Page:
Place your bets: China or Japan?

Leslie Shaffer | Writer for
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After this year's stellar rally in Japan's once-lethargic shares, is it time to start shifting bets to the region's other sleeping giant, China?

The contrast between the two markets this year is stark: Japan's has surged more than 48 percent year to date, compared with the 's around 1.4 percent decline, suggesting the mainland could have value on its side.

But analysts don't appear convinced it's time to make a switch.

(Read more: And the next driver for Japan stocks is…)

"For now, there is one very big market called Topix/Nikkei firing on all cylinders and we expect more. Why should you ask yourself too much about China, which has been a casualty," asked Alain Bokobza, head of global asset allocation at Societe Generale.

"The yen has further to fall; this will send the Nikkei up again. So you have a very, very hard competitor, if you were to look at the competition between China equities and Japan equities in the very short term," he told reporters. Societe Generale has set a Nikkei target of 17,500 for the end of 2014, compared with its current level around 15,400.

Is there an end in sight to Japan's stock rally?

But while the yen's value is declining, making its exports more competitive, "the Chinese currency is up, up, up," he said. "China is losing competitiveness because of the currency attached to the U.S. dollar," he said, noting the country's growth prospects are also slowing as it reforms its economy.

"There is less growth, there is declining competiveness; there is (double-digit) wage growth, which affects the profitability of corporations," he noted.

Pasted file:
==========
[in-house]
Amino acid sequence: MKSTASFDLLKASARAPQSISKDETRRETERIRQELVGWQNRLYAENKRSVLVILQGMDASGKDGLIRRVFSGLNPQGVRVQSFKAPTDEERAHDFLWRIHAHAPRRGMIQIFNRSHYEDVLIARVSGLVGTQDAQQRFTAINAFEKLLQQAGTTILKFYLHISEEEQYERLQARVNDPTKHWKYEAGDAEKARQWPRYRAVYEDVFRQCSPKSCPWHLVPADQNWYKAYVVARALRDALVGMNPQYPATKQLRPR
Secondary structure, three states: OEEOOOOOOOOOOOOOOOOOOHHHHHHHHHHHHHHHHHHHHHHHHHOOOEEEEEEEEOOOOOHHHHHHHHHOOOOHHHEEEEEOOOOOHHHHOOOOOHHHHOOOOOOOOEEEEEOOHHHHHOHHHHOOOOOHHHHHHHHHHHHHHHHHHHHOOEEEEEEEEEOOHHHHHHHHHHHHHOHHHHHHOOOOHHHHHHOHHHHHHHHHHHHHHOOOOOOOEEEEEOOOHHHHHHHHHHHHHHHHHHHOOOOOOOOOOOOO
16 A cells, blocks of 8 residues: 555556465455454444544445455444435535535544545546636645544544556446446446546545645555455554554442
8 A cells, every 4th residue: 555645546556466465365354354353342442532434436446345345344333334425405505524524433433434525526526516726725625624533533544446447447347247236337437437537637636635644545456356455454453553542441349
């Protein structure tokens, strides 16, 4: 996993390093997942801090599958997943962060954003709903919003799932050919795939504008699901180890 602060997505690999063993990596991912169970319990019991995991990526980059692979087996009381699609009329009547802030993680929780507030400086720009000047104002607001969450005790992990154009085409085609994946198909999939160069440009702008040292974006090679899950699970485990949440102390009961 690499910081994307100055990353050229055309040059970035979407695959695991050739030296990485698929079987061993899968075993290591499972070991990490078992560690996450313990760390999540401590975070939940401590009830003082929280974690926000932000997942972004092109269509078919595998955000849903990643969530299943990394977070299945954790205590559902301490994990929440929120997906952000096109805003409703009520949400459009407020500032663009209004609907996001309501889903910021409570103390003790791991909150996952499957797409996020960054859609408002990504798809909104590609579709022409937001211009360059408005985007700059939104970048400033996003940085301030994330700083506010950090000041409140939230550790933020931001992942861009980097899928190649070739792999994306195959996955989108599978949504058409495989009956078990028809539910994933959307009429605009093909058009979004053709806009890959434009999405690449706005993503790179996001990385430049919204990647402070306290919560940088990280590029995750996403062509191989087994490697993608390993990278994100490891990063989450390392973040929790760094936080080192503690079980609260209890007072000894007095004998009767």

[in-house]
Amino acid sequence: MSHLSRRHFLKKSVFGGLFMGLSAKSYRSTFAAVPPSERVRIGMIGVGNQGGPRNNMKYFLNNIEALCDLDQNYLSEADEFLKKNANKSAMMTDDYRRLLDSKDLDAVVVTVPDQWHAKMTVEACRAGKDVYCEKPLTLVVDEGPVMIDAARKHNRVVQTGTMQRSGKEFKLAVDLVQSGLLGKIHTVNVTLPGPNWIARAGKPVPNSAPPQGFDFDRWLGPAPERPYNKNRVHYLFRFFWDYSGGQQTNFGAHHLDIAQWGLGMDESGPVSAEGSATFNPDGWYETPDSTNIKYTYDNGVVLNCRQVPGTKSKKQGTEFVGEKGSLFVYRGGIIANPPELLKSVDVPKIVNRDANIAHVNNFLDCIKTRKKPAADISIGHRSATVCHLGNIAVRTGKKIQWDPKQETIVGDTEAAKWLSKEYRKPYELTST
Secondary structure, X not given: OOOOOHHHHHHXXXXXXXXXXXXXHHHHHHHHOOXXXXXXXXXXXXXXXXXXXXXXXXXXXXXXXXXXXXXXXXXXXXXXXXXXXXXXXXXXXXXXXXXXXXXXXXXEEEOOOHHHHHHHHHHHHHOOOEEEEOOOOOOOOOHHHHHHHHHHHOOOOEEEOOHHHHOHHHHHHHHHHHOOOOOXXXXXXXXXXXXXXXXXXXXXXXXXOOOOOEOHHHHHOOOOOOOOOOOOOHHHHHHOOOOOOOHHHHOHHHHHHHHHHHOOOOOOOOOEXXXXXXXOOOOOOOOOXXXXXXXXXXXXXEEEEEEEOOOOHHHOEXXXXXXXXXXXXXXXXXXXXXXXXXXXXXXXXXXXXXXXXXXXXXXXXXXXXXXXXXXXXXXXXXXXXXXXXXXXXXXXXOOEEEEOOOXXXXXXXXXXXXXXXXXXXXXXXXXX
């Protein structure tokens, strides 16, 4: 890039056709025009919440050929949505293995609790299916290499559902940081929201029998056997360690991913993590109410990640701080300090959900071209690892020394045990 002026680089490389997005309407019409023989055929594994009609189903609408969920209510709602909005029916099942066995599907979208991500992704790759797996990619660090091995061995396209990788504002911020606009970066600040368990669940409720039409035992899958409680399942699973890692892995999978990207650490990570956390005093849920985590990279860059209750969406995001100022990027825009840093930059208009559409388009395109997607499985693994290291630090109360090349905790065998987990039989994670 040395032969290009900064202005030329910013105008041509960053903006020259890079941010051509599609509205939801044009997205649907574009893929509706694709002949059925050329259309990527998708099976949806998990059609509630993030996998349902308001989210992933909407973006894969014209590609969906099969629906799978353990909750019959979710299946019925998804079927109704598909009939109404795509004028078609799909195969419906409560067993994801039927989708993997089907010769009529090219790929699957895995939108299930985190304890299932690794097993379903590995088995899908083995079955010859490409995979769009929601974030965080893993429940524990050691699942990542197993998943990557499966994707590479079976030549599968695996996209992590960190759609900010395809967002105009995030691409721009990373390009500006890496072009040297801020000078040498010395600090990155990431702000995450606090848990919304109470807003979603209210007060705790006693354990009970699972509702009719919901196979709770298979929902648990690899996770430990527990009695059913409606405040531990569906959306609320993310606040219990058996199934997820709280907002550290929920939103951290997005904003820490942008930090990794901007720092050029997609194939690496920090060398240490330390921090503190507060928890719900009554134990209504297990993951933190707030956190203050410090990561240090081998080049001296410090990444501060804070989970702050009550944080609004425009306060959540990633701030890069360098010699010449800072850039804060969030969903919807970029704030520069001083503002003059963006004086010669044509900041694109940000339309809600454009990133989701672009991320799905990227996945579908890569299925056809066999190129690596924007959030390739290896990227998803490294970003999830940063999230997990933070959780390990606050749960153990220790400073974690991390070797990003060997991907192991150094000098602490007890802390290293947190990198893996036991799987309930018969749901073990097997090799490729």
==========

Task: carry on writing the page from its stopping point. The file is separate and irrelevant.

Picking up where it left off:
Bokobza's positive call on Japan has a lot of company, making it a consensus pick for the new year amid expectations its central bank will continue and potentially extend its easy money policy, which is likely to keep the yen weak and bolster its shares.

(Read more: Are Japan's stocks still ready to rumble?)

"With the yen in a depreciation trend, Japanese corporate earnings look likely to exceed company projections, putting Japan shares in a relatively favorable position," Kazuhiro Miyake, chief Japan strategist at Daiwa, said in a note this week. He expects the Nikkei 225 index to reach 16,900 by the end of March and 18,500 by the end of 2014.

Data appears to support the view, with Japan's equities trading around 14.5 times 12-month forward consensus earnings, still appearing cheap compared with a long-term average of 17.6 times, according to data from Nomura. A survey of investors attending the bank's investment forum found 76 percent were bullish toward Japanese equities, with more than 50 percent expecting the Nikkei to reach 16,000-18,000 by the end of March.

Why this strategist is underweight Japan

To be sure, Bokobza's call on China is more of a "not yet," than a "not at all."

"It is the cheapest equity market in the world today," he said. "Low growth prospects, but super cheap" after its valuation contraction.

(Read more: Time to get picky on China stocks: HSBC)

"It was trading above four times book value four years ago. It is now trading around 1.5 times book value. The valuation of the China equity market collapsed. The China equity market risk premium is around 11.5 percent. This is one of the highest in the world," he said. "You have value in China equities and I think at some point you have to go and capture that value."

Around the end of the first quarter, when he expects fund managers may begin reallocating out of the U.S. market, it may be time to consider switching, Bokobza said.

Others are also beginning to size up China's equities.

Goldman Sachs expects around 18-19 percent return from China's mainland and Hong Kong listed stocks.

(Read more: 8.6% China growth next year? What's Deutsche 'smoking?')

"We see 2014 as a year of stable cyclical backdrop, which lays a solid foundation for leadership to kick off an ambitious agenda of structural reforms. The interplay and balance between cyclical stability and reform advancement will be the prevailing driver of returns for the coming years," it said in a note from last week. It expects valuations to re-rate slightly, with around 10 percent earnings growth to help drive gains.

—By CNBC.Com's Leslie Shaffer; Follow her on Twitter @LeslieShaffer1